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What Are the Biggest Barriers to Eating Healthy?

author image Lori Newell
I hold a Master's degree in exercise physiology/health promotion. I am a certified fitness specialist through the American College of Spots Medicine and an IYT certified yoga teacher. I have over 25 years experience teaching classes to both general public and those with chronic illness. The above allows me to write directly to the reader based on personal experiences.
What Are the Biggest Barriers to Eating Healthy?
Cost, lack of time and confusion can lead to unhealthy food choices. Photo Credit Purestock/Purestock/Getty Images

Eating a healthy diet is important to control weight and prevent or manage many chronic conditions. However, eating a healthy diet means planning out meals and taking to time to shop to compare products. Sometimes eating healthier also means spending more money at the grocery store, and all of the above, may deter some from eating as healthy as they should. If you are having trouble eating healthy, talk to a registered dietitian who can help to form a plan that will fit into your budget, while reducing your risk of disease.

Changing Established Habits

Eating is not just about providing the body with the calories and nutrients it needs, and certain eating behaviors may have been established during childhood. Eating provides a way to socialize with others, certain foods may be associated with positive emotions and sometimes food is used to deal with underlying emotions such as boredom, anxiety, loneliness and others. The Centers for Disease Control and Prevention recommends keeping a food journal of what and why you eat so problems can be identified. Start by changing thought patterns such as having to always clean your plate and not waste food, eating due to pressure from friends or family members, eating while performing other tasks, or eating because it is comforting. All of the above can lead to overeating and poor food choices. Change your habits slowly by picking one trigger at a time and develop alternative ways of thinking and coping.

Lack of Time

A hectic lifestyle and eating on the run can lead to unhealthy food choices. Grabbing whatever is available whenever you have time can set you up for bad eating behaviors. Go through your cabinets and the refrigerator to get rid of junk food and replace it with healthier options. Think ahead and buy meats and vegetables that are already cut up to reduce prep time. Go for fruits or vegetables that are canned in their own juice or water, without any sugar or salt added. Heat, light and air can all rob fruit and vegetables of their nutrients, so buying canned or frozen versions that are packed right after being picked, often contain more nutrients then fresh foods that have been shipped, according to the Cleveland Clinic. When cooking, make larger portions and freeze some of it so you have meals ready to heat up. Some grocery stores offer online shopping and delivery to your home, saving you a trip to the store. These things can help you to save time and energy so that eating healthier is easier.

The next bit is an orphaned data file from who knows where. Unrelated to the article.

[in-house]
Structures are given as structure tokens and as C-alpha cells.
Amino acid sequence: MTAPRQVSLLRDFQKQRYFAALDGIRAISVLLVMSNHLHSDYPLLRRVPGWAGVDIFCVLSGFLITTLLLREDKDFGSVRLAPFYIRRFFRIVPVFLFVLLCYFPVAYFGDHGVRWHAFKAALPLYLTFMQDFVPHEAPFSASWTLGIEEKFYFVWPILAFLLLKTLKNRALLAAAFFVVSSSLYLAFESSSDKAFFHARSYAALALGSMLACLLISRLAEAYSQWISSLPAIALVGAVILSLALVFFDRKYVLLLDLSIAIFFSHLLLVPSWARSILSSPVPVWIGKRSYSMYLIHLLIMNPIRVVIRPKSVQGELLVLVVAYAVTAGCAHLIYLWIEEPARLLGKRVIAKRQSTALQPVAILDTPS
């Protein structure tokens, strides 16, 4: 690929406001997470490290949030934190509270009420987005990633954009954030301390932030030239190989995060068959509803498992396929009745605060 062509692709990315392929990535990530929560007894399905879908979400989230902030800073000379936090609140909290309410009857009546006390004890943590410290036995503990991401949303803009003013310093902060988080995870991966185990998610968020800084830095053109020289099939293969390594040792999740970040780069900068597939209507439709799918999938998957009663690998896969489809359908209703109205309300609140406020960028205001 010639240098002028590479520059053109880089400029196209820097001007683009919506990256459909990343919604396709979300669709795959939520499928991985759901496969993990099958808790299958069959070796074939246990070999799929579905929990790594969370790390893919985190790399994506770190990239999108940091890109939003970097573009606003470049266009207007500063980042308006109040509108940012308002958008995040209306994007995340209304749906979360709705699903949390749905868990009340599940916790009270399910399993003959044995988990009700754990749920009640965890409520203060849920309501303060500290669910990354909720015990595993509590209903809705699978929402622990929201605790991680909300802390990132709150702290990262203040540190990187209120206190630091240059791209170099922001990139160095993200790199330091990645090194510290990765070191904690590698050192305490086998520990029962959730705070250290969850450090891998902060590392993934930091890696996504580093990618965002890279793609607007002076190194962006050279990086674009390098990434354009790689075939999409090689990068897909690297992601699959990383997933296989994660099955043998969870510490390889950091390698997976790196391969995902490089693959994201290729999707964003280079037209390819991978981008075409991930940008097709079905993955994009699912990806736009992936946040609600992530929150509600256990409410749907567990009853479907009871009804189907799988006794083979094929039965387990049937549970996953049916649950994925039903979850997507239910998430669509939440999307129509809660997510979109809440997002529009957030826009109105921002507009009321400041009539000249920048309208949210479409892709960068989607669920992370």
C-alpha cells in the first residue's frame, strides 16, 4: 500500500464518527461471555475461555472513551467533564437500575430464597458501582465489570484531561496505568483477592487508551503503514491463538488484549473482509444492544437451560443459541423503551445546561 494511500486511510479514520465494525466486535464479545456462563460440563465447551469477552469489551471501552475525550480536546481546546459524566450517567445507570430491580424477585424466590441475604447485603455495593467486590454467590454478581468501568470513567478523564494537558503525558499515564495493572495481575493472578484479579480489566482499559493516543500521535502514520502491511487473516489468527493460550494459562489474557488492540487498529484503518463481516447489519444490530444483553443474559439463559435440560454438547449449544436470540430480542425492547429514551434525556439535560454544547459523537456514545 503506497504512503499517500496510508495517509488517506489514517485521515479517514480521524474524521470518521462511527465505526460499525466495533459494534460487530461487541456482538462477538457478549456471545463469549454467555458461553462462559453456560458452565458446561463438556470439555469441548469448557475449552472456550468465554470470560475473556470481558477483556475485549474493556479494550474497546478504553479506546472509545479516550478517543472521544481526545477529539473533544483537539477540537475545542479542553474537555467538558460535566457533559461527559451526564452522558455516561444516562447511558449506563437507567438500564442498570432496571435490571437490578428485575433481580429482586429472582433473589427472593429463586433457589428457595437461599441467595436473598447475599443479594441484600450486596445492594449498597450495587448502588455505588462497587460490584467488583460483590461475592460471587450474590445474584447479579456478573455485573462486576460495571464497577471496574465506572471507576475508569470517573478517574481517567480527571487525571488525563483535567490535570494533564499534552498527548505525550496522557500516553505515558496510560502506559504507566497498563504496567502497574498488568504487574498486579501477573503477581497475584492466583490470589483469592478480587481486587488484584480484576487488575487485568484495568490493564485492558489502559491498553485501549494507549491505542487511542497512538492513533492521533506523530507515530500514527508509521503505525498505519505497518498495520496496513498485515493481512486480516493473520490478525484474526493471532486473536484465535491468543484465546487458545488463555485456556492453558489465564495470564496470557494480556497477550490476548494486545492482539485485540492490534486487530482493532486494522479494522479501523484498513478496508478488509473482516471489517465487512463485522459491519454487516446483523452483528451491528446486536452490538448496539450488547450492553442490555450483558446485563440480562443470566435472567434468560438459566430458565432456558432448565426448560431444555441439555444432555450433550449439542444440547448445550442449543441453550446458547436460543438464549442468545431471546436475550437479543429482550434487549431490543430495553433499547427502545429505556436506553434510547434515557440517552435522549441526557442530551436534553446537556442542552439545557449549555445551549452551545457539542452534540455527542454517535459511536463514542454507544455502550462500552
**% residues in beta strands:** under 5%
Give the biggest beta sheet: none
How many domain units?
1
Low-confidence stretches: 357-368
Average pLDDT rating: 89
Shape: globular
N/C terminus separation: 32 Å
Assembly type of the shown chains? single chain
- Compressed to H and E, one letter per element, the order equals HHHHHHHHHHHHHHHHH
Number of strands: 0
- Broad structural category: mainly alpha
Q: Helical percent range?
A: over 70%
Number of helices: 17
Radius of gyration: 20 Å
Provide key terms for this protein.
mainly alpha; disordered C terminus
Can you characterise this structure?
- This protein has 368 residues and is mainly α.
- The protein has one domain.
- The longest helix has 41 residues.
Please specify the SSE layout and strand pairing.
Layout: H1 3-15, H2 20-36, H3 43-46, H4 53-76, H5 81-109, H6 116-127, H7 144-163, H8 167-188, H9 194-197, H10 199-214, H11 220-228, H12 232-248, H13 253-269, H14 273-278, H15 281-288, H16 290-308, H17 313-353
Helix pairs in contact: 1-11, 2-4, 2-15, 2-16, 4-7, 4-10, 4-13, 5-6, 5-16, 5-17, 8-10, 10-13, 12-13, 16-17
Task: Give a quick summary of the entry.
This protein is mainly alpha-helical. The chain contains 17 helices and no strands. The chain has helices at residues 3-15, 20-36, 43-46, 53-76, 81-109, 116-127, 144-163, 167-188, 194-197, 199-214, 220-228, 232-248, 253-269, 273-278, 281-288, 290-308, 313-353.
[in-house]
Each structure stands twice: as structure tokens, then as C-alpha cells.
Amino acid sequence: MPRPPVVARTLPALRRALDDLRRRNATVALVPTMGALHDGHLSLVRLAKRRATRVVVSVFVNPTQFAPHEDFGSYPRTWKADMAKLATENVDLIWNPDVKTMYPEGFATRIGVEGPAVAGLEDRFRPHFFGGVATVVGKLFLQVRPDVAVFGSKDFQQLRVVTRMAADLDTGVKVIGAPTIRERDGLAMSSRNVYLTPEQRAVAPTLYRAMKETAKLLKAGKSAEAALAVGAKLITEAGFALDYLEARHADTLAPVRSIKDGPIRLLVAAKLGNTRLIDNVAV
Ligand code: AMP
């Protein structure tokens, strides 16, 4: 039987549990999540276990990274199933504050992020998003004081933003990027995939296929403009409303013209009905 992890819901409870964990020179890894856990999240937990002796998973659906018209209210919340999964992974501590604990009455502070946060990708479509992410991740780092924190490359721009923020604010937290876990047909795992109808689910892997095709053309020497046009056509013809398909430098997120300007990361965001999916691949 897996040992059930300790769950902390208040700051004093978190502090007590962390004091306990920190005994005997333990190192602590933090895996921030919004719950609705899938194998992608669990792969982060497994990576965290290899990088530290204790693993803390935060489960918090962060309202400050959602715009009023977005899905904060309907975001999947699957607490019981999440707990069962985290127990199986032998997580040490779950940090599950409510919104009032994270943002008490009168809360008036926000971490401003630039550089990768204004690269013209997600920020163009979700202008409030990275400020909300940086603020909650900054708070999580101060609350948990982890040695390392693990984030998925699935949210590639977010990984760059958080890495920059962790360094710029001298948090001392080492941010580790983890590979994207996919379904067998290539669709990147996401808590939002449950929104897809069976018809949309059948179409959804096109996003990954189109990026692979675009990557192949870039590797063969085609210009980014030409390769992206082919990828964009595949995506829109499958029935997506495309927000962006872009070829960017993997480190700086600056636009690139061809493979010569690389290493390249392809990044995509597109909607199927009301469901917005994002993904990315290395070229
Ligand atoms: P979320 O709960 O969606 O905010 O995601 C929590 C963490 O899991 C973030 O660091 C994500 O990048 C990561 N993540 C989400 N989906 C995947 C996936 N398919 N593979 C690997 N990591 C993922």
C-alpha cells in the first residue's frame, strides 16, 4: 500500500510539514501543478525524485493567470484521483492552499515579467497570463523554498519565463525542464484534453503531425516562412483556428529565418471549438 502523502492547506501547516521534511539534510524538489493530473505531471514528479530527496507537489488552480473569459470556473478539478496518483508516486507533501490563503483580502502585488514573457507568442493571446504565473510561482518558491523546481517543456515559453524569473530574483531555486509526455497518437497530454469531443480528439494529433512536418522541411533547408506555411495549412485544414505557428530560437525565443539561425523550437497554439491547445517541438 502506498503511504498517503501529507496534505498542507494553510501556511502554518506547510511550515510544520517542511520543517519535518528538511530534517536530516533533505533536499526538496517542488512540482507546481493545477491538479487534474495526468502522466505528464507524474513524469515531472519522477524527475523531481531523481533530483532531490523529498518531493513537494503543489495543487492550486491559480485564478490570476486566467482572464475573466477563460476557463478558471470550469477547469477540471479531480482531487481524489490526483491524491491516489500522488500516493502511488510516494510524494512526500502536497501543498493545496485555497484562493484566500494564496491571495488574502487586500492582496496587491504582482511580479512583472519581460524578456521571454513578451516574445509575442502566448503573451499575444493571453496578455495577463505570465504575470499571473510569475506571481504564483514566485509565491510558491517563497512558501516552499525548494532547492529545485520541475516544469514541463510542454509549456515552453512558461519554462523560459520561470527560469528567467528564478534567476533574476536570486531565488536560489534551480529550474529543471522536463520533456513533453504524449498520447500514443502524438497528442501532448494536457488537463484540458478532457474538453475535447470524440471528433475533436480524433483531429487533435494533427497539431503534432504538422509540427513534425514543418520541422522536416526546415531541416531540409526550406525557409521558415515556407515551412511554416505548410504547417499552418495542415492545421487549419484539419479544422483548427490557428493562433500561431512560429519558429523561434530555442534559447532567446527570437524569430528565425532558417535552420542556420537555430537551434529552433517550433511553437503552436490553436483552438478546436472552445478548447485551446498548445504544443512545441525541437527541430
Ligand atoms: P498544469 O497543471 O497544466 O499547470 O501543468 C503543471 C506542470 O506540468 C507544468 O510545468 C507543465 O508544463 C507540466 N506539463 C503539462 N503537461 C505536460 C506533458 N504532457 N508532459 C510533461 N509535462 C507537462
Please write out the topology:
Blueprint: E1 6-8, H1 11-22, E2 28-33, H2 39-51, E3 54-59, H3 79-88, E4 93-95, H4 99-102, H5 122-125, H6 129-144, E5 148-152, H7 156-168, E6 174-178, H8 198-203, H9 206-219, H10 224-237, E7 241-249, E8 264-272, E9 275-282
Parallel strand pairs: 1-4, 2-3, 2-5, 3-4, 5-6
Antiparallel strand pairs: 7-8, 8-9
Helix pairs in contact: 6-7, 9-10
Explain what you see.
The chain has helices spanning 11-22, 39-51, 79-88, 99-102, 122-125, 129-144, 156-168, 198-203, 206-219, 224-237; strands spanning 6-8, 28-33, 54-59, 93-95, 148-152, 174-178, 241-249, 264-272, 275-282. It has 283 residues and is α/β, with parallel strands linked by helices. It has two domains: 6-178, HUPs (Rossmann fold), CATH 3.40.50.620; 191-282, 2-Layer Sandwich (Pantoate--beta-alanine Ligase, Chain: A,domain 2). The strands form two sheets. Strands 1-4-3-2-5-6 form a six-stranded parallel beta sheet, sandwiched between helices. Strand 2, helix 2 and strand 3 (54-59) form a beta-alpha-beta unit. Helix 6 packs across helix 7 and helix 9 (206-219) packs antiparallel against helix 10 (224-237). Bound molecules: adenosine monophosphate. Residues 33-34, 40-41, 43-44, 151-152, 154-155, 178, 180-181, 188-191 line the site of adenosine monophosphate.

Too Much Information

The news, magazines and Internet are full of information on what eating healthy entails, and it can be confusing to know what is true and what is not. There are so many diet plans that claim to help you lose weight quickly or prevent and manage heart disease and other conditions. In general, Americans eat too many calories and high amounts of unhealthy fats, sugar, salt and refined grains. Most do not get enough potassium, fiber, calcium, vitamin D and healthy fats, reports the United States Department of Agriculture. The goal is to eat a well-balanced diet that contains three to five servings of fruits and vegetables a day, and one serving is just 1 cup. Read nutrition labels and aim to get between 25 to 35 g of fiber and 1,500 mg or less of salt each day. Fat consumption should make up no more than 30 percent of your total calorie intake and most of that should come from unsaturated fats. It can be difficult and time-consuming to plan out a menu, but there are free websites that can help you get started.


Junk food is often less expensive than healthy food, and when you are on a tight budget, healthy eating can be challenging. The Mayo Clinic suggests learning to stock your pantry with essentials and to make a grocery list before you head to the store. Look through supermarket circulars, clip coupons and find the sales so you are prepared and have a list to stick to. Try having one or two meatless meals each week and go for a vegetable, bean or whole-grain based dinner as meats can be expensive. Check to see if your grocery store has a shopper's card where you earn points that can be turned into savings. All of the above can add up to some real savings and help you to eat healthier.

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